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Can someone explain the difference between legacy and inheritance?

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6 Answers

up vote 7 down vote accepted

In my mind, "inheritance" is almost exclusively used to deal with physical or monetary goods, features, or character traits; you can inherit your father's estate, you can inherit your mother's good looks, you can inherit your grandfather's business sense.

"Legacy" can be used in that same sense, but it can also have a much broader sense to refer to a situation that is set up for for the benefit of the descendents: "My father's legacy was the freewheeling, open, friendly town that bears his name: Fatherville." Or, "Our parents' legacy was not simply that they bequeathed us ten million dollars each, but that with that money in trust, we felt free to explore, experiment, and take risks that we would not have been able to, had we not had that safety net available."

(Also, as pointed out in some comments, "inheritance" is generally from the viewpoint of the receiver, while "legacy" is from the viewpoint of the giver: My inheritance was my father's legacy.)

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@Helion, thanks for all those examples. –  Andrey Adamovich Mar 24 '11 at 18:54
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Legacy, as it relates to inheritance, will be of broader or deeper scope. When inheritance refers to one generation's gifts to another, a legacy would refer to three or four generations.

Both terms can be used to denote objects other than money:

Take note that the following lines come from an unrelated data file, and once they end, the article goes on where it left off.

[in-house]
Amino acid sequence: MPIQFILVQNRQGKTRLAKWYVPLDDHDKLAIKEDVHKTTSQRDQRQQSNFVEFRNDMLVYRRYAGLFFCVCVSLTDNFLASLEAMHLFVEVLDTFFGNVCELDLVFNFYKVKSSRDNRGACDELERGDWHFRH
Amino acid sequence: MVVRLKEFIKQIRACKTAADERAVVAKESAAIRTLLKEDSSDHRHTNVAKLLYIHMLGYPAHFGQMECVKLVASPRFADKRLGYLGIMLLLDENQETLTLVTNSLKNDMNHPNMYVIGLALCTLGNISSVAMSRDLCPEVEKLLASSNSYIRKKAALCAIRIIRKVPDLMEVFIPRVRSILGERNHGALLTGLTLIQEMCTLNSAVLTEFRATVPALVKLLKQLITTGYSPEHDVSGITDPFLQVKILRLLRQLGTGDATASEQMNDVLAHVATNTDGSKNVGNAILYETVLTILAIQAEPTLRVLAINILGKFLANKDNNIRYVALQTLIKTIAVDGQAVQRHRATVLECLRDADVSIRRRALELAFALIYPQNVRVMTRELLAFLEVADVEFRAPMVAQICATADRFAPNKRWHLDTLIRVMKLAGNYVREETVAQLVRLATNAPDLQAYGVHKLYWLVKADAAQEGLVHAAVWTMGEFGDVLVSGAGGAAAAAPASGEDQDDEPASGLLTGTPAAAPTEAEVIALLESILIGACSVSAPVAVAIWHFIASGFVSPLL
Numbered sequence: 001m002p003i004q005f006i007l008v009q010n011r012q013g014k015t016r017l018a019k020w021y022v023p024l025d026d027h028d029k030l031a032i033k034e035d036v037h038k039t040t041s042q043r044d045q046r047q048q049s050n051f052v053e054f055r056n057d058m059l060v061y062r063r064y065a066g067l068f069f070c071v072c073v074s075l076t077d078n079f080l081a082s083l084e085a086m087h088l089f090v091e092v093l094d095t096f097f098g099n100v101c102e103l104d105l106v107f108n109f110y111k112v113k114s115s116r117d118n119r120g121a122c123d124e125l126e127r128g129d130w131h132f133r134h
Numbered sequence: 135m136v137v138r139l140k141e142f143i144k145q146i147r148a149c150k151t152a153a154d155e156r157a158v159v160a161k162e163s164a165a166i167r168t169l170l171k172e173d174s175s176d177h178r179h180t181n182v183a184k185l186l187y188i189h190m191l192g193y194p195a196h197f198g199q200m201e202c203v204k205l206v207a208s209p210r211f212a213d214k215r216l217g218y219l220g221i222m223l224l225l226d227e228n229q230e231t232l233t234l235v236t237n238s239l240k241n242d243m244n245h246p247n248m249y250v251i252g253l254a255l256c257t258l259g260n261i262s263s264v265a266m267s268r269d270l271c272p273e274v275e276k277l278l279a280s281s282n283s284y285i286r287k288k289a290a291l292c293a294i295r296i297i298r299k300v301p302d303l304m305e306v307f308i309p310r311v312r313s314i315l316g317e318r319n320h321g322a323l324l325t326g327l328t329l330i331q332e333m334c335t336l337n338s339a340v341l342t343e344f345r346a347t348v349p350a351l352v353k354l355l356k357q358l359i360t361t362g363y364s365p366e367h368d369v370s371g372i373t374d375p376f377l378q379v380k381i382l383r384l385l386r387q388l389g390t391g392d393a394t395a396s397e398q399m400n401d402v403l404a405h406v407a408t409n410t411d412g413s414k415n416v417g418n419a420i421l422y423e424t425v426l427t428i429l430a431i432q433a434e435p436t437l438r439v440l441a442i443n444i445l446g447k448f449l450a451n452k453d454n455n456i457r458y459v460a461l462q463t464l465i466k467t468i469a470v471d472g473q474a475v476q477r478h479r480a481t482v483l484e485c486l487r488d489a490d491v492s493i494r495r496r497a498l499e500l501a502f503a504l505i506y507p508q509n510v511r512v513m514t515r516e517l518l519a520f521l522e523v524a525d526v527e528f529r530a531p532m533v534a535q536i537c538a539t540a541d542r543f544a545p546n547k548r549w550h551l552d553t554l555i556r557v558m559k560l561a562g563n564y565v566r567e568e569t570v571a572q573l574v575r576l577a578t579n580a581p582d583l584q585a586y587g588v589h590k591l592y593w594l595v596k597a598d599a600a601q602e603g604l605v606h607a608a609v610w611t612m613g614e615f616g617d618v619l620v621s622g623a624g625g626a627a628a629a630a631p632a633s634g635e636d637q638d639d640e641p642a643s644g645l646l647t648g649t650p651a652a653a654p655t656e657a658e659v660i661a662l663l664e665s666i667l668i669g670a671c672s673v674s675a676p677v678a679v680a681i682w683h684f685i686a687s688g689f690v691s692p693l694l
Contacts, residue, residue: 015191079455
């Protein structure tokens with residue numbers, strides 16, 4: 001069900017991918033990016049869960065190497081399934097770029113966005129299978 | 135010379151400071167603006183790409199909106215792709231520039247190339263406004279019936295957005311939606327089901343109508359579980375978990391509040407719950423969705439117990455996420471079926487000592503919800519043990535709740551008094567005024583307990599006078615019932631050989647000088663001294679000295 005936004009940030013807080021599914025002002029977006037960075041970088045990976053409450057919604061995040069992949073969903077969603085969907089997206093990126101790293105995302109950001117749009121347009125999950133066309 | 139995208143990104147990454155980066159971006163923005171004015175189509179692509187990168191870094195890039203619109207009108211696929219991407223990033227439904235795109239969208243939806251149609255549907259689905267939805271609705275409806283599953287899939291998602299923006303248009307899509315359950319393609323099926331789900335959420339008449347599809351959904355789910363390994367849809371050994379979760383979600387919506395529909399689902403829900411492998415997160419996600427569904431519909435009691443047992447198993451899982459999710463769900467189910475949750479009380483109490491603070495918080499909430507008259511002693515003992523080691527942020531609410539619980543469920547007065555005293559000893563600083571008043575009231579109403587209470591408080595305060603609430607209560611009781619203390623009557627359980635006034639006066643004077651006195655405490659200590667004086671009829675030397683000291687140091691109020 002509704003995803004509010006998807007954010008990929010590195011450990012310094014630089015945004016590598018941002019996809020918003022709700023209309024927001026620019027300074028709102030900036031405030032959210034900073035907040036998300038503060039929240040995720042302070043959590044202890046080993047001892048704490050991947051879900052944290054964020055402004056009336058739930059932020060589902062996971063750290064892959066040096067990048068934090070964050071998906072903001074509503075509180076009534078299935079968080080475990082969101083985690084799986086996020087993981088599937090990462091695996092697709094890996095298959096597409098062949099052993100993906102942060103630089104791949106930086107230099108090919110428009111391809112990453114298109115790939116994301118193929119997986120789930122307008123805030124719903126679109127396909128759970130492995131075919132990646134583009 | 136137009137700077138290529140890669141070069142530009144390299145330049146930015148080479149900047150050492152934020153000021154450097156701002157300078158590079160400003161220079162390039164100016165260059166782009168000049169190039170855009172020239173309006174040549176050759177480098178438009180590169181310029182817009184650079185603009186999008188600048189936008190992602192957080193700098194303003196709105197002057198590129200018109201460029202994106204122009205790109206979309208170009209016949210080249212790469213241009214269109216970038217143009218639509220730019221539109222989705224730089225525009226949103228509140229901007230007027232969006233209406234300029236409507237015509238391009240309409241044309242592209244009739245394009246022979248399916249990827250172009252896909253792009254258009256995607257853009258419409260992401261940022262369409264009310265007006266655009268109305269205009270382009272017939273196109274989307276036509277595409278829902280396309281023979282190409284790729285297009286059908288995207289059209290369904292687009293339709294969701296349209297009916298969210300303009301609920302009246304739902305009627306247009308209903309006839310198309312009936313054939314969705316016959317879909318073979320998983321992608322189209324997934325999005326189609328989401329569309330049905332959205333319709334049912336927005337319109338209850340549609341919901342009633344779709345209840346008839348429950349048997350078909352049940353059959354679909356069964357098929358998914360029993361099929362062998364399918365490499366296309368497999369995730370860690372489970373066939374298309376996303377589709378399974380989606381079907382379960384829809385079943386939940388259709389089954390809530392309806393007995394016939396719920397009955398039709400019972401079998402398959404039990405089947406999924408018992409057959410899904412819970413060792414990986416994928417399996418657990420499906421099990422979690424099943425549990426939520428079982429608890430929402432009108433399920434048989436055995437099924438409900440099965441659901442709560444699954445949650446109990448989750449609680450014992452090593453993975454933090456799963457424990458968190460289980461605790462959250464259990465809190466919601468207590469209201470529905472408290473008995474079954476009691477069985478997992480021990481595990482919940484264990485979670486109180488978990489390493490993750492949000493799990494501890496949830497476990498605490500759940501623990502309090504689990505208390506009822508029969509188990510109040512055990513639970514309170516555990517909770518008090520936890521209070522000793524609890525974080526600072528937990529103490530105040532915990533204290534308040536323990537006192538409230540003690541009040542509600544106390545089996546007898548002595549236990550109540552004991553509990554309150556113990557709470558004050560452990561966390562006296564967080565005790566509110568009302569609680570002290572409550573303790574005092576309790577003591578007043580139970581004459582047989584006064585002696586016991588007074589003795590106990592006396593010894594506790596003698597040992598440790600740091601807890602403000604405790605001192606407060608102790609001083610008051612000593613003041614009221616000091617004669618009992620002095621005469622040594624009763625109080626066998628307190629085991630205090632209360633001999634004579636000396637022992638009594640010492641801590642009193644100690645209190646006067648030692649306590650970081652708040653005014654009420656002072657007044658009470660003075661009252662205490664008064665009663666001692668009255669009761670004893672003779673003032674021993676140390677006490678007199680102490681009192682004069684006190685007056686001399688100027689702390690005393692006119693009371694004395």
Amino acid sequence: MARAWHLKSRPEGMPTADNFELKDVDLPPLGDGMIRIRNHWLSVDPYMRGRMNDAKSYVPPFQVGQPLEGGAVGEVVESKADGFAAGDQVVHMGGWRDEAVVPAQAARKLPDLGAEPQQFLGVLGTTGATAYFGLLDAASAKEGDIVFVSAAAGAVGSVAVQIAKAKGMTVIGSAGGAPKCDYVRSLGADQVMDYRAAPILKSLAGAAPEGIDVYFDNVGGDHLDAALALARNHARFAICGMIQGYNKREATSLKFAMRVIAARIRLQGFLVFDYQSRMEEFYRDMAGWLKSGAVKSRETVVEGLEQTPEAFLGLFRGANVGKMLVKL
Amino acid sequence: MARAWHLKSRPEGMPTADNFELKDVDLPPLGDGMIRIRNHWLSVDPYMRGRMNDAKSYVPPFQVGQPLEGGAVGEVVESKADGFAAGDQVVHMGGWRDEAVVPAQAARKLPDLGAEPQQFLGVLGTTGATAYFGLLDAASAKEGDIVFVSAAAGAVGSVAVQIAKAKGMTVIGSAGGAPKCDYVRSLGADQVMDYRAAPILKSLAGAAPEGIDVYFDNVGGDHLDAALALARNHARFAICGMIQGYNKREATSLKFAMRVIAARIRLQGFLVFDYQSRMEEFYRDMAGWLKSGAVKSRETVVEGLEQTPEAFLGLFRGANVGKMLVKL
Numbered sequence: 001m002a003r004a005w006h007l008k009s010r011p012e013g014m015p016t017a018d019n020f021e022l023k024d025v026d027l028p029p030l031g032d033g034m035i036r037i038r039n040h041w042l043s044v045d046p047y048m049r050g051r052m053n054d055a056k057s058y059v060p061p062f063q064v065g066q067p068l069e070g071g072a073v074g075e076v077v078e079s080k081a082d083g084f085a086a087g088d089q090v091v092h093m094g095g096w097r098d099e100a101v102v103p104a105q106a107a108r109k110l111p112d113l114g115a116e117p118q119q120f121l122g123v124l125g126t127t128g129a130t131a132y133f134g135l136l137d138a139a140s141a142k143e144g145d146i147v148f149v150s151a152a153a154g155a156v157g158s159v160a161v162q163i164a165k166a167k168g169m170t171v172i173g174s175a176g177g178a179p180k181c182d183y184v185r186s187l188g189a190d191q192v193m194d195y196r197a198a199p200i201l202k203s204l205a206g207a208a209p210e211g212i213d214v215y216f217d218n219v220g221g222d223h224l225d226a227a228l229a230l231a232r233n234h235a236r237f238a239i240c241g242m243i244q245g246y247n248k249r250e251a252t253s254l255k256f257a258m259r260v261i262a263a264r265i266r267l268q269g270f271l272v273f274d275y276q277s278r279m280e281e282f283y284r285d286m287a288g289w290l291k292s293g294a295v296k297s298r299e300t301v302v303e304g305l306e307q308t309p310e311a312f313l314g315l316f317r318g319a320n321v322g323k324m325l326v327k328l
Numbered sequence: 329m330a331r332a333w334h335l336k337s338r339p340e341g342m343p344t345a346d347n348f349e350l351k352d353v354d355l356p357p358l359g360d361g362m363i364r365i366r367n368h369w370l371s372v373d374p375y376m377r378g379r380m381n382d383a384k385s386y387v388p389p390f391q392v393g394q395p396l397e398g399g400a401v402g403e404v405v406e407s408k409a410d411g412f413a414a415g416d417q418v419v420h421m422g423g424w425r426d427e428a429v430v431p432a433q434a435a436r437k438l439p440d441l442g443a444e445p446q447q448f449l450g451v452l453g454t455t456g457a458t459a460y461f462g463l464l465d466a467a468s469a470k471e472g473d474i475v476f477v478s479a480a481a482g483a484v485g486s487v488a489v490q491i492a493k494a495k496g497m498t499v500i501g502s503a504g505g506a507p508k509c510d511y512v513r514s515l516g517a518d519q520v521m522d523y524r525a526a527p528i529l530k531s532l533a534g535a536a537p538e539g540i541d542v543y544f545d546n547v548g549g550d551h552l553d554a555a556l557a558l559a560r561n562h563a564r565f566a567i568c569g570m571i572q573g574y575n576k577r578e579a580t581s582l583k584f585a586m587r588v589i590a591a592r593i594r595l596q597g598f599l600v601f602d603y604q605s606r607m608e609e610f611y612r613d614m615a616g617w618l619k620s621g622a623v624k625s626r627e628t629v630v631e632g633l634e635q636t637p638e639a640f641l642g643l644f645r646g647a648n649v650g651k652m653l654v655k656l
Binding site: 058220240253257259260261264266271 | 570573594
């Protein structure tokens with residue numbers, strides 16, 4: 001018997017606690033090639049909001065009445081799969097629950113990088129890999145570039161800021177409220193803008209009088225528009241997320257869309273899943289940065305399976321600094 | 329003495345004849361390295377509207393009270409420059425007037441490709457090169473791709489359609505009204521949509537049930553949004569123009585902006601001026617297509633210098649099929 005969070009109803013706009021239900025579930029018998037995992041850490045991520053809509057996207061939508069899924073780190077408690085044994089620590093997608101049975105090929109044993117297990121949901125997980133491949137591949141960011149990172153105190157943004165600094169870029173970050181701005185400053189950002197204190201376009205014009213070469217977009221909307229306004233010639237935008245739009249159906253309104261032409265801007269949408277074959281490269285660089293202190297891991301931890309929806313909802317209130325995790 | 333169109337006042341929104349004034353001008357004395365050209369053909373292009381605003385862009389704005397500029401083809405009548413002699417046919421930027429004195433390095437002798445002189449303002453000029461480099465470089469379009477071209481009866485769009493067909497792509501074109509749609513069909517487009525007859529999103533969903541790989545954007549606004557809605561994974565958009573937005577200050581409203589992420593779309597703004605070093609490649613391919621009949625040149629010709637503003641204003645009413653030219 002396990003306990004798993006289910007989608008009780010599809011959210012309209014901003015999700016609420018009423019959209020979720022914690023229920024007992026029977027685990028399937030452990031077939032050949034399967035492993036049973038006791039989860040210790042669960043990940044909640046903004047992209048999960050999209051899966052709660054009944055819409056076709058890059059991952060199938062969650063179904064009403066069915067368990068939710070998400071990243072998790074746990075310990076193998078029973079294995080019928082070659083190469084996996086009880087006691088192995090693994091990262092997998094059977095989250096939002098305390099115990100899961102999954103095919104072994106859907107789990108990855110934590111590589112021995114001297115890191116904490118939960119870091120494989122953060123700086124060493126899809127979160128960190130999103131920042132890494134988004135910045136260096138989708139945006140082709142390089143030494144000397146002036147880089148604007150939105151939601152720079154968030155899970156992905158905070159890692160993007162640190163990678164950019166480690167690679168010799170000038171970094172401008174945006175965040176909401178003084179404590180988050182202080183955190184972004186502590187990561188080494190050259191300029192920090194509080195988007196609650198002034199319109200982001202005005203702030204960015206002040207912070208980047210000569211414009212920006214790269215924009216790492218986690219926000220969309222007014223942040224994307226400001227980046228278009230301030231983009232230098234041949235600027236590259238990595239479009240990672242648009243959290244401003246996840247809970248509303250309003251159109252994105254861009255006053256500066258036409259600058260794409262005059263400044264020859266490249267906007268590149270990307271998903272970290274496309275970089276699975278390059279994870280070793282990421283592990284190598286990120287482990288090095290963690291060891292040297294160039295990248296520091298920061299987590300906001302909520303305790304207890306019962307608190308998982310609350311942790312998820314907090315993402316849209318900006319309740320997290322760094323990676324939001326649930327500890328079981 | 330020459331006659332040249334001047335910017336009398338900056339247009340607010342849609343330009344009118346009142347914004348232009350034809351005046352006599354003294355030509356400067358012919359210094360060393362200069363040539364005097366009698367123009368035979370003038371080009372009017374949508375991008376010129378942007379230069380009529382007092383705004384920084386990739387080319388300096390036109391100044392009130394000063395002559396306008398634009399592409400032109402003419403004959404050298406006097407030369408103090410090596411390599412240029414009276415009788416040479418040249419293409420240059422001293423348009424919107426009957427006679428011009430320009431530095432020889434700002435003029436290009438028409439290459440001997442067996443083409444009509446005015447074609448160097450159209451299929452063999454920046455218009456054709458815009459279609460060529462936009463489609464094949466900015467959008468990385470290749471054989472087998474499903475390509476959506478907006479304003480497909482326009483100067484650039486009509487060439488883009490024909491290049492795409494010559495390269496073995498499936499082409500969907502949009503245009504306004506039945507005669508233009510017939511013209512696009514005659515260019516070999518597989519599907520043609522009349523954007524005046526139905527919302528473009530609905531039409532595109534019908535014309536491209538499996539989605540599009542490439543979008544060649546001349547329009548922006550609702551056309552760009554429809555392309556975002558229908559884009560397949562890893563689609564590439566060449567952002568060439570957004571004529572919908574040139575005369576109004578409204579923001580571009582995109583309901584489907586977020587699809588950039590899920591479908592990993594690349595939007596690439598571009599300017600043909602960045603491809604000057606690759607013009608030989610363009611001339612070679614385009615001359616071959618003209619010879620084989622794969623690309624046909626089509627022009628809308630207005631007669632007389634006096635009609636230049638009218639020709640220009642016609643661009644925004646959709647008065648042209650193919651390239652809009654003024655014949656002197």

I have inherited my father's eyes.

Drinking is the family legacy.

Either an inheritance or legacy can be positive or negative. Legacy does carry a slightly more fatalistic connotation with it: The legacy will live on through the children.

Hellion's observation of legacy's use with regards to a specific individual is also completely valid. The word can be used to describe a legend or long-standing effect caused by one person ("this is his legacy") or even a family, nation or race ("this is their legacy").

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'Legacy' specifically has the additional related meaning of 'a person admitted to a university because of the attendance of a parent at the same school' often with the implication that it was done in disregarding merit of the applicant. 'Inheritance' has no such meaning.

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As happens so often, there is the dictionary definition and today´s connotation. The dictionary shows that both words are basically synonyms. Inheritance is generally used when referring to monetary or material goods being handed down from one person to another. Legacy refers to how a person will be remembered by others.

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They are basically synonyms that have fluctuating nuances. See http://www.thefreedictionary.com/legacy

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That's what I thought as well. They are synonyms, but I'm really intrested in understanding the nuances. Recently I was corrected by one of my friends when I said that "this gonna be my legacy for my son" and he said that I should use word "inheritance" instead. Though I didn't really get why? –  Andrey Adamovich Mar 24 '11 at 16:26
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@Andrey: I don't agree with your friend: I would be more likely to say "legacy", because you are talking about it from your side. If you were talking about it from your son's viewpoint, I might say "inheritance", though "legacy" would still be possible. –  Colin Fine Mar 24 '11 at 16:45
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Another difference is that "inheritance" tends to mean the whole of what one inherits from somebody, whereas "legacy" refers to a particular item inherited. Often these will be the same, but sometimes not. –  Colin Fine Mar 24 '11 at 16:46
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Generally, "his legacy" would mean the money (or other stuff) somebody left after he died, and "her inheritance" would mean the money (or other stuff) she inherited after somebody else died. They are the same thing from different points of view.

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